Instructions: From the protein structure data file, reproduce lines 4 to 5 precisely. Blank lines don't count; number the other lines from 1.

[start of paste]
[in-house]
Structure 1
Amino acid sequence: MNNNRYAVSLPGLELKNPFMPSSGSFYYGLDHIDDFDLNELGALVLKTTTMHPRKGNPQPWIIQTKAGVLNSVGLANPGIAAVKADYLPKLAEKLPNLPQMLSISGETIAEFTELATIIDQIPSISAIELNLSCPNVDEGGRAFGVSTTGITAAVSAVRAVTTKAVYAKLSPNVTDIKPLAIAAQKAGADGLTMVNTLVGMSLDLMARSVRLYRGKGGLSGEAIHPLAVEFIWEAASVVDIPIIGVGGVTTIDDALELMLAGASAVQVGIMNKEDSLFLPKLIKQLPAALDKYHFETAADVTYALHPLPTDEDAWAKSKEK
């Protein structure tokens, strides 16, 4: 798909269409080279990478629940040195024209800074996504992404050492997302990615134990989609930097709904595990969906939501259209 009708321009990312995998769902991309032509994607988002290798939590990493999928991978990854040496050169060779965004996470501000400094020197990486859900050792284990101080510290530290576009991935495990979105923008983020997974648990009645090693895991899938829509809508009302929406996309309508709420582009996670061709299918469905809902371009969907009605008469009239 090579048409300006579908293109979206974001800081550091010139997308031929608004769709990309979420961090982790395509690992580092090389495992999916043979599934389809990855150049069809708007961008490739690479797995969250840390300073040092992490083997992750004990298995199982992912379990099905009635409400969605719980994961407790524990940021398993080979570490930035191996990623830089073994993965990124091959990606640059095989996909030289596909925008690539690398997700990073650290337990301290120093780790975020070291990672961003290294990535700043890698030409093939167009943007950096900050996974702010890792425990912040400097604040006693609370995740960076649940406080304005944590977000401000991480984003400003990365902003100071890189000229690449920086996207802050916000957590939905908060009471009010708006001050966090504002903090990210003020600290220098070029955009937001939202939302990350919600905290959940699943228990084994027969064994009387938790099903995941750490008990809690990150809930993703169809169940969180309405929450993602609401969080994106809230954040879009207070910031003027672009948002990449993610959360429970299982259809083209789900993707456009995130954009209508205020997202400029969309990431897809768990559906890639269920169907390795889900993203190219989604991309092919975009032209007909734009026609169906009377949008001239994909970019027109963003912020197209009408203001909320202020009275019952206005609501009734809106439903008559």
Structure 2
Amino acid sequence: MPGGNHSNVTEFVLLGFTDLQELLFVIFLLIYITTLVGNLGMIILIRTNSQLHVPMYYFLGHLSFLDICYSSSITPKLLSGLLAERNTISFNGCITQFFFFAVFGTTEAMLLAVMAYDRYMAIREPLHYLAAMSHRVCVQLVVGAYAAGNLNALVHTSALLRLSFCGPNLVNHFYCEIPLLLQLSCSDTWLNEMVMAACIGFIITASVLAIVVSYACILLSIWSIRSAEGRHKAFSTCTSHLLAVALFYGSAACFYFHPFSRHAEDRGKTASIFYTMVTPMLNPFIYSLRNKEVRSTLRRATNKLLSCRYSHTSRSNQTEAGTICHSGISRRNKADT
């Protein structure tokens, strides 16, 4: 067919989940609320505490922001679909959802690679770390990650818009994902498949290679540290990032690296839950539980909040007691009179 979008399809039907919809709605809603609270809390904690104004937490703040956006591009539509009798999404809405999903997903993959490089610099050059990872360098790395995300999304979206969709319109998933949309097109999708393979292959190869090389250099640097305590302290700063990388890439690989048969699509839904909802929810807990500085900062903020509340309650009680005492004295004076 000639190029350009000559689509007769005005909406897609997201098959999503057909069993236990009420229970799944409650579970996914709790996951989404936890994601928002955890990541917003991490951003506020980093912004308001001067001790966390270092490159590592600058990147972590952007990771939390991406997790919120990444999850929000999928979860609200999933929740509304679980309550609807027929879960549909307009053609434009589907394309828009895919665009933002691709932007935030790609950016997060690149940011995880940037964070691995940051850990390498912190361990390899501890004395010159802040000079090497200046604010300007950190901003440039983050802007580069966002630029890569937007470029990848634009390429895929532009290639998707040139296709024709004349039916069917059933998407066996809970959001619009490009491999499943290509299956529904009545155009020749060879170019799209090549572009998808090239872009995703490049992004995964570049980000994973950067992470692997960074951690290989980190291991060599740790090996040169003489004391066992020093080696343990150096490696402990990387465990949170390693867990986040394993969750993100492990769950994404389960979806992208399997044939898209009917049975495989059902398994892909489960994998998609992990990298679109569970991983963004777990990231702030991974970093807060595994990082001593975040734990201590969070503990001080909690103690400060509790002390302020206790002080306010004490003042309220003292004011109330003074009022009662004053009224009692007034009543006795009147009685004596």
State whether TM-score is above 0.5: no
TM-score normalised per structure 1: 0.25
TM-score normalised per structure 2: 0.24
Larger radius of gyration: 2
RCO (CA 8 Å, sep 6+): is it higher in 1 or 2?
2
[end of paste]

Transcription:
């Protein structure tokens, strides 16, 4: 798909269409080279990478629940040195024209800074996504992404050492997302990615134990989609930097709904595990969906939501259209 009708321009990312995998769902991309032509994607988002290798939590990493999928991978990854040496050169060779965004996470501000400094020197990486859900050792284990101080510290530290576009991935495990979105923008983020997974648990009645090693895991899938829509809508009302929406996309309508709420582009996670061709299918469905809902371009969907009605008469009239 090579048409300006579908293109979206974001800081550091010139997308031929608004769709990309979420961090982790395509690992580092090389495992999916043979599934389809990855150049069809708007961008490739690479797995969250840390300073040092992490083997992750004990298995199982992912379990099905009635409400969605719980994961407790524990940021398993080979570490930035191996990623830089073994993965990124091959990606640059095989996909030289596909925008690539690398997700990073650290337990301290120093780790975020070291990672961003290294990535700043890698030409093939167009943007950096900050996974702010890792425990912040400097604040006693609370995740960076649940406080304005944590977000401000991480984003400003990365902003100071890189000229690449920086996207802050916000957590939905908060009471009010708006001050966090504002903090990210003020600290220098070029955009937001939202939302990350919600905290959940699943228990084994027969064994009387938790099903995941750490008990809690990150809930993703169809169940969180309405929450993602609401969080994106809230954040879009207070910031003027672009948002990449993610959360429970299982259809083209789900993707456009995130954009209508205020997202400029969309990431897809768990559906890639269920169907390795889900993203190219989604991309092919975009032209007909734009026609169906009377949008001239994909970019027109963003912020197209009408203001909320202020009275019952206005609501009734809106439903008559």
Structure 2